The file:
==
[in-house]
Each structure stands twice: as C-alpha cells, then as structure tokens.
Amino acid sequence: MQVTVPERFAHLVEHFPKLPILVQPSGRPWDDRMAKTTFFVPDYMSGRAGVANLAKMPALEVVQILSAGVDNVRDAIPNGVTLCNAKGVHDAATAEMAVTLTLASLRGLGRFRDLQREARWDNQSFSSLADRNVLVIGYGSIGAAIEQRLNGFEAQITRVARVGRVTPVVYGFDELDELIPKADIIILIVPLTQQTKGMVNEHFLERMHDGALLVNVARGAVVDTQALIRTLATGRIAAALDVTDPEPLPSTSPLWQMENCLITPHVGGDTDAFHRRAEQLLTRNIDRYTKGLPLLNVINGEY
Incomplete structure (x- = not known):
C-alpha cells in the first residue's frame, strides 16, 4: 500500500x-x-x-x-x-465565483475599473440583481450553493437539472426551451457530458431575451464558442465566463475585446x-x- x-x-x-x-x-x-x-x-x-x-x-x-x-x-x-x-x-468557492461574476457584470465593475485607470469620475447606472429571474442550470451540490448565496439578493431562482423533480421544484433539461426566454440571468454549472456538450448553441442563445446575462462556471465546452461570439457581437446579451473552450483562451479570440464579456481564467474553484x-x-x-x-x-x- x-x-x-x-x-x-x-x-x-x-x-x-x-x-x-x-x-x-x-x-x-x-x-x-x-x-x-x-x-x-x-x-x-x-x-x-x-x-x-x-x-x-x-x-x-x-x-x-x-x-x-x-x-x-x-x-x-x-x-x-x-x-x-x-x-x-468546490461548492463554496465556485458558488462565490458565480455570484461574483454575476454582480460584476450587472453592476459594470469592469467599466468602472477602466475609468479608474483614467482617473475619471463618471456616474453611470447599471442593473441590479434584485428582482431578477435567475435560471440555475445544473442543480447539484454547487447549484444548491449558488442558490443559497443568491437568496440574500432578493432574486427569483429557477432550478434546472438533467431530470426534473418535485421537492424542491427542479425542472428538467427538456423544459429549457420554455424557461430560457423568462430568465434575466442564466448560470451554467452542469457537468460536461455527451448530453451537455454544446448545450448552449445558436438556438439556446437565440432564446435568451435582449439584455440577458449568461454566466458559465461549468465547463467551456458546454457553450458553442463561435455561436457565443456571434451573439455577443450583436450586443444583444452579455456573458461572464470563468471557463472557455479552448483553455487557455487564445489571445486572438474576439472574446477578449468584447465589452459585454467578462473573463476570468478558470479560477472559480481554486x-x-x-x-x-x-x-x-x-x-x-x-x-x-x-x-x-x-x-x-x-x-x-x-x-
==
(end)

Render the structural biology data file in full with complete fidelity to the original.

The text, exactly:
[in-house]
Each structure stands twice: as C-alpha cells, then as structure tokens.
Amino acid sequence: MQVTVPERFAHLVEHFPKLPILVQPSGRPWDDRMAKTTFFVPDYMSGRAGVANLAKMPALEVVQILSAGVDNVRDAIPNGVTLCNAKGVHDAATAEMAVTLTLASLRGLGRFRDLQREARWDNQSFSSLADRNVLVIGYGSIGAAIEQRLNGFEAQITRVARVGRVTPVVYGFDELDELIPKADIIILIVPLTQQTKGMVNEHFLERMHDGALLVNVARGAVVDTQALIRTLATGRIAAALDVTDPEPLPSTSPLWQMENCLITPHVGGDTDAFHRRAEQLLTRNIDRYTKGLPLLNVINGEY
Incomplete structure (x- = not known):
C-alpha cells in the first residue's frame, strides 16, 4: 500500500x-x-x-x-x-465565483475599473440583481450553493437539472426551451457530458431575451464558442465566463475585446x-x- x-x-x-x-x-x-x-x-x-x-x-x-x-x-x-x-x-468557492461574476457584470465593475485607470469620475447606472429571474442550470451540490448565496439578493431562482423533480421544484433539461426566454440571468454549472456538450448553441442563445446575462462556471465546452461570439457581437446579451473552450483562451479570440464579456481564467474553484x-x-x-x-x-x- x-x-x-x-x-x-x-x-x-x-x-x-x-x-x-x-x-x-x-x-x-x-x-x-x-x-x-x-x-x-x-x-x-x-x-x-x-x-x-x-x-x-x-x-x-x-x-x-x-x-x-x-x-x-x-x-x-x-x-x-x-x-x-x-x-x-468546490461548492463554496465556485458558488462565490458565480455570484461574483454575476454582480460584476450587472453592476459594470469592469467599466468602472477602466475609468479608474483614467482617473475619471463618471456616474453611470447599471442593473441590479434584485428582482431578477435567475435560471440555475445544473442543480447539484454547487447549484444548491449558488442558490443559497443568491437568496440574500432578493432574486427569483429557477432550478434546472438533467431530470426534473418535485421537492424542491427542479425542472428538467427538456423544459429549457420554455424557461430560457423568462430568465434575466442564466448560470451554467452542469457537468460536461455527451448530453451537455454544446448545450448552449445558436438556438439556446437565440432564446435568451435582449439584455440577458449568461454566466458559465461549468465547463467551456458546454457553450458553442463561435455561436457565443456571434451573439455577443450583436450586443444583444452579455456573458461572464470563468471557463472557455479552448483553455487557455487564445489571445486572438474576439472574446477578449468584447465589452459585454467578462473573463476570468478558470479560477472559480481554486x-x-x-x-x-x-x-x-x-x-x-x-x-x-x-x-x-x-x-x-x-x-x-x-x-